Howard Speaks: The Hygienist's Challenge: Bring Value or Vanish by Dr. Howard Farran

Dentaltown Magazine

by Howard Farran, DDS, MBA, publisher, Dentaltown magazine

Is your hygiene department an outdated horse-and-buggy model, or is it a virtuous value creator?

The benefit of traveling around the globe lecturing is I’ve seen the world’s only three publicly traded dental offices, and done Dentistry Uncensored with Howard Farran podcasts with executives from each of them:

1300 Smiles, in Australia: I talked with founder Dr. Darrell Holmes in Podcast No. 850, “Optimize Your Dental Practices.”

Pacific Smiles Group, also in Australia: My conversation with co-founder Dr. Alex Abrahams was Podcast No. 841, “Structural Organization.”

Q&M Dental, in Singapore: Podcast No. 373 was my Q&A with co-founder Dr. Raymond Ang.

What’s interesting about all three is they have the same business model—and none of them has a hygiene department. Those guys ask me, “How do you do that in America? You pay a hygienist $40 an hour to do a $55 cleaning in a building that has 65 percent overhead. How does that even work? That’s why you’re not profitable.”

What killed hygiene? It wasn’t the dentist, and it wasn’t the hygienist—we aren’t doing anything “wrong.” Blame insurance reimbursements!

The typical fee for a cleaning is so low that in markets around the world—including Singapore and Australia—dentists are getting rid of their hygienists and doing the work themselves. It makes me crazy when an insurance company pays only $55 for a cleaning but their CEO claims, “We pay 100 percent of preventive dentistry, because we really want to prevent disease.” Dude, if you really want to prevent disease, you’ve got to give dentists more than $55 for a cleaning. I mean, it costs $60 in major cities to get your hair cut nowadays, and stylists aren’t required to have a four-year college degree!

The importance of virtuous value creators
Nowadays, the only way a hygiene department works is if the hygienists are virtuous value creators. Your hygienists brush and floss their teeth every morning and every night, and probably use an electric toothbrush instead of a manual one. Are they conveying those virtuous values to your patients, or do they spend that time talking about how their deadbeat spouse left a towel on the bathroom floor, and how crazy their 2-year-old is acting lately?

The word doctor comes from the Latin word docere, meaning “to teach”—and even though hygienists don’t have DDS degrees, they can still teach patients about what’s going on in their mouths and instill values. “I’m a hygienist. If this was my tooth, this is what I would do. If my gums were bleeding like this, this is what I would do. If I had your situation, I would not manually brush my teeth. I would go to an electric toothbrush. I would get a water flosser.”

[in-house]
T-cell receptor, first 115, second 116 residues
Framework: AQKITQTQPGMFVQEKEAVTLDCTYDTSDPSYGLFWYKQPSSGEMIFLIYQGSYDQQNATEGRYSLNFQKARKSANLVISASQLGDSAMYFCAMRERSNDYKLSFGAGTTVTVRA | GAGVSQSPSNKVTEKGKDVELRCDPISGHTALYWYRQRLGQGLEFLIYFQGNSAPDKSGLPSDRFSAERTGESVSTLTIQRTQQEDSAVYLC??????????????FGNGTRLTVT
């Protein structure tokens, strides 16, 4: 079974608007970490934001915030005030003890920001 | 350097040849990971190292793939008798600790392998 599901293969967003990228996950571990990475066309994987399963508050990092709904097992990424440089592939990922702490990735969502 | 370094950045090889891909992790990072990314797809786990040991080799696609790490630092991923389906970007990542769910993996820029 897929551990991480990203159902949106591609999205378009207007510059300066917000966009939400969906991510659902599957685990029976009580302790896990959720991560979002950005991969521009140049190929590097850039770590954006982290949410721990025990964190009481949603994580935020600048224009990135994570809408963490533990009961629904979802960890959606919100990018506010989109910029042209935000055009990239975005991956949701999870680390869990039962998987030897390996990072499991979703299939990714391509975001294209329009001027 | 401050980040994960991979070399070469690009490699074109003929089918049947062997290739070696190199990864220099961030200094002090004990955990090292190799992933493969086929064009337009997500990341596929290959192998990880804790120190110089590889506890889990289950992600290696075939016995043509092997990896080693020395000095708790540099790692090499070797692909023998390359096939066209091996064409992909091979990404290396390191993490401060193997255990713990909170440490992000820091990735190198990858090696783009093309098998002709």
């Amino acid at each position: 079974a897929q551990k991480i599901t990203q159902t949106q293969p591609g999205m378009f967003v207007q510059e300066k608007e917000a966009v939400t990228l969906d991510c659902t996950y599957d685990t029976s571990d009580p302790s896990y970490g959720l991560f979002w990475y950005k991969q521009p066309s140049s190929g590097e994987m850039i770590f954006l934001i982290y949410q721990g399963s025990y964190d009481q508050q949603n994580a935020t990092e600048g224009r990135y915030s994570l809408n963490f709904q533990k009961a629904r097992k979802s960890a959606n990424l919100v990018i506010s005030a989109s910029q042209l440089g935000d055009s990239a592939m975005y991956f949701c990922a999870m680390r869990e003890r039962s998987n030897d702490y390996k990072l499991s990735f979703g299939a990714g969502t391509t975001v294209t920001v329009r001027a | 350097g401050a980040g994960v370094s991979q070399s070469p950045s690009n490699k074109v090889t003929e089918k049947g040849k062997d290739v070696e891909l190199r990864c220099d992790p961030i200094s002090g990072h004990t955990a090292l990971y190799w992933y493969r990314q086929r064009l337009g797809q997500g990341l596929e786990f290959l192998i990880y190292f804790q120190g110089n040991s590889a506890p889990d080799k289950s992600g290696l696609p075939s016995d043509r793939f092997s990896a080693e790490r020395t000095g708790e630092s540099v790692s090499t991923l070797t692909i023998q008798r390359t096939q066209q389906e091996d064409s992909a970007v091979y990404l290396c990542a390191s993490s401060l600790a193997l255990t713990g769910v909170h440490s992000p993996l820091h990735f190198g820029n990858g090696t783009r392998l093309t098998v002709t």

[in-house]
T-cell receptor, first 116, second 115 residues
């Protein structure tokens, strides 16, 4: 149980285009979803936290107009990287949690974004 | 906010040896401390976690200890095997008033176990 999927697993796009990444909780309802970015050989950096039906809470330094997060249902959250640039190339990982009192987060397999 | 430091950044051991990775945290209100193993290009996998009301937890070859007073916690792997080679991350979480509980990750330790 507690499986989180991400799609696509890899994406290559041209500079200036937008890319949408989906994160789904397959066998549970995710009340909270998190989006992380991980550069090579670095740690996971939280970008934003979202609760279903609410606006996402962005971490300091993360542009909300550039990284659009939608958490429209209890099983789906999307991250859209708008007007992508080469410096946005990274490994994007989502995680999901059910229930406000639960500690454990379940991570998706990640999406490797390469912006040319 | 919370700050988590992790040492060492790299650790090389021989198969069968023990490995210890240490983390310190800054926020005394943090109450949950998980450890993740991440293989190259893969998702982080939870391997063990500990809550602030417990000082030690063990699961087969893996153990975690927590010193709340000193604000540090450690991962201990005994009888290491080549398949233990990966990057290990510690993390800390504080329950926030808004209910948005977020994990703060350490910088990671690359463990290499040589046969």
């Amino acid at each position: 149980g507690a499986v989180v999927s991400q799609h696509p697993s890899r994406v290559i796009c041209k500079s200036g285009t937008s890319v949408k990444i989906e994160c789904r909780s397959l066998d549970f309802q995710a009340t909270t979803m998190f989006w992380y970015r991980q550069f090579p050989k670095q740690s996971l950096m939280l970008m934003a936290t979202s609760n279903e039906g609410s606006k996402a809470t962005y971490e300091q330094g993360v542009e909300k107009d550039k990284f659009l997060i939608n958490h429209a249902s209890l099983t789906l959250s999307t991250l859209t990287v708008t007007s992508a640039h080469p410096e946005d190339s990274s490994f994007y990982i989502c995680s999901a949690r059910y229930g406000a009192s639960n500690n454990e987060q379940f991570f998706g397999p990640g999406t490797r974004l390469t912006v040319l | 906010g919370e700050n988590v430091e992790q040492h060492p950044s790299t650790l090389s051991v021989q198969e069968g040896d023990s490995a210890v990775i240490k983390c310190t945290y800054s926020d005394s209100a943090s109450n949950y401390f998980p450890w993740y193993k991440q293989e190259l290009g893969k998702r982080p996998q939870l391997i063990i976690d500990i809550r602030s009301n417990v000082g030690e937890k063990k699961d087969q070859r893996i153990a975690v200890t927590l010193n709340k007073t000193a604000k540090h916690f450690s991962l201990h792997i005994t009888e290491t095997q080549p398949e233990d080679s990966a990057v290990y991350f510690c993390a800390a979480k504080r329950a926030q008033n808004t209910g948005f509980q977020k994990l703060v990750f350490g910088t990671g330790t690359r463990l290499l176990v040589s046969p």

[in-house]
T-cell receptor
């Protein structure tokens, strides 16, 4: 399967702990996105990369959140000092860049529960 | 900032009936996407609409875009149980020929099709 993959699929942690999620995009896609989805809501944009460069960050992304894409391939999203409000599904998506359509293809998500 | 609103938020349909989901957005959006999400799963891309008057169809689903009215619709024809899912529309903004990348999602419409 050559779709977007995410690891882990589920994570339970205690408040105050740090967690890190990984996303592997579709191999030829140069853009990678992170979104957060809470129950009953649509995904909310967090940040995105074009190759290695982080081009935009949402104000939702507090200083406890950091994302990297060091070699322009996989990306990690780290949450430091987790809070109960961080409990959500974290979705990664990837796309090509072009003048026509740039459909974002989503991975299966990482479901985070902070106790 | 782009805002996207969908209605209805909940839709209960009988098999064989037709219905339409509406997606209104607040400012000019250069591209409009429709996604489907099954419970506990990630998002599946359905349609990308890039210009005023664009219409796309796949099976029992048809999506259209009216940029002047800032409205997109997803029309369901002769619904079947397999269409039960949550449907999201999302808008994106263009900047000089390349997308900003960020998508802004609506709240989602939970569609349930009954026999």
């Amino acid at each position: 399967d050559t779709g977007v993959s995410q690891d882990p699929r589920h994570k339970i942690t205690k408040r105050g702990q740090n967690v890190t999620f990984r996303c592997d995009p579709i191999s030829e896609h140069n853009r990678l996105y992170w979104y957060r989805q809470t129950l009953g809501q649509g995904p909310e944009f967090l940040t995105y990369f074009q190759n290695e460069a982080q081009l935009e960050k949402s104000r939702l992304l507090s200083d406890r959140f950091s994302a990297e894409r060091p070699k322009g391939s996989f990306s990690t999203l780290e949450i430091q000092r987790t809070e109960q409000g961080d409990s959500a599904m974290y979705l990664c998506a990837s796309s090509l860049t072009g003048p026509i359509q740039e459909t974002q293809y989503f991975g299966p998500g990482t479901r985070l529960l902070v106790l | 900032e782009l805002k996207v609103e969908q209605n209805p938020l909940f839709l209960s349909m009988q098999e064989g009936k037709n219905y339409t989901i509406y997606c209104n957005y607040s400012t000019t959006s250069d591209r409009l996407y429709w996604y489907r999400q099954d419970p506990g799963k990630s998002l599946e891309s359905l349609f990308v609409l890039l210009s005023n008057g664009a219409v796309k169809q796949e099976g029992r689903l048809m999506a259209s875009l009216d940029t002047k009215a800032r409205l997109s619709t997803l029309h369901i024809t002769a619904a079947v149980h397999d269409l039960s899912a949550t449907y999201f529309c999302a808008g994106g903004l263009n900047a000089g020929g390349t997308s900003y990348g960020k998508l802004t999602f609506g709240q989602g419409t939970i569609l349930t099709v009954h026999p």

Your hygienist should be taking out the intraoral camera, looking at each single tooth and telling patients whether she sees any possible issues that the dentist will want to discuss further.

Are your hygienists conveying and educating? If hygienists stay in the mindset that their job entails only mechanically removing tartar and staying in policy, here’s what’s going to happen: They’re in danger of being not just replaced but eliminated—the human equivalent of a Blockbuster Video.

Office Highlights

What a practice without hygienists looks like
Here’s what the three publicly traded companies overseas are thinking:

“In America, they pay a hygienist $40 to do a $55 cleaning. You don’t have to be a hygienist to set up the room, and you don’t have to be a hygienist to usher the patient from the waiting room to an operatory; a dental assistant can do that.

“Before the $40/hour hygienist starts scaling, she brings in a $20/hour dental assistant to record the numbers. After she’s done scaling, the rest of the appointment—polishing, flossing, fluoride treatment, writing up the notes, dismissing the patient, cleaning and flipping the room for the next patient—could be done by the assistant.”

These publicly traded companies have done away with hygienists. Dental assistants set up the room and seat the patients; the doctors come in and measure the gums while the assistants record the scores. Then, while the doctors are scaling, they start in the upper right and go all the way around—examining and diagnosing every tooth, with the intraoral camera, the scaling and the exam. It’s often about the same amount of time a dentist would spend on a hygiene check anyway.

But today in America, most of those duties are still done by the hygienists, who also need to get you to do a hygiene check. They often wait five minutes for you to get free and do your five-minute exam—that’s 10 minutes, more than 16 percent of an hourlong appointment.

In conclusion …
The “old days” of how the hygiene department worked in the 1970s and ’80s will still work today only if hygienists are helping pay the bills by transferring their values of what they would or wouldn’t want done to their own teeth and gums. The patients will listen to these virtuous values and spend their money accordingly to have teeth just like the hygienists.

 

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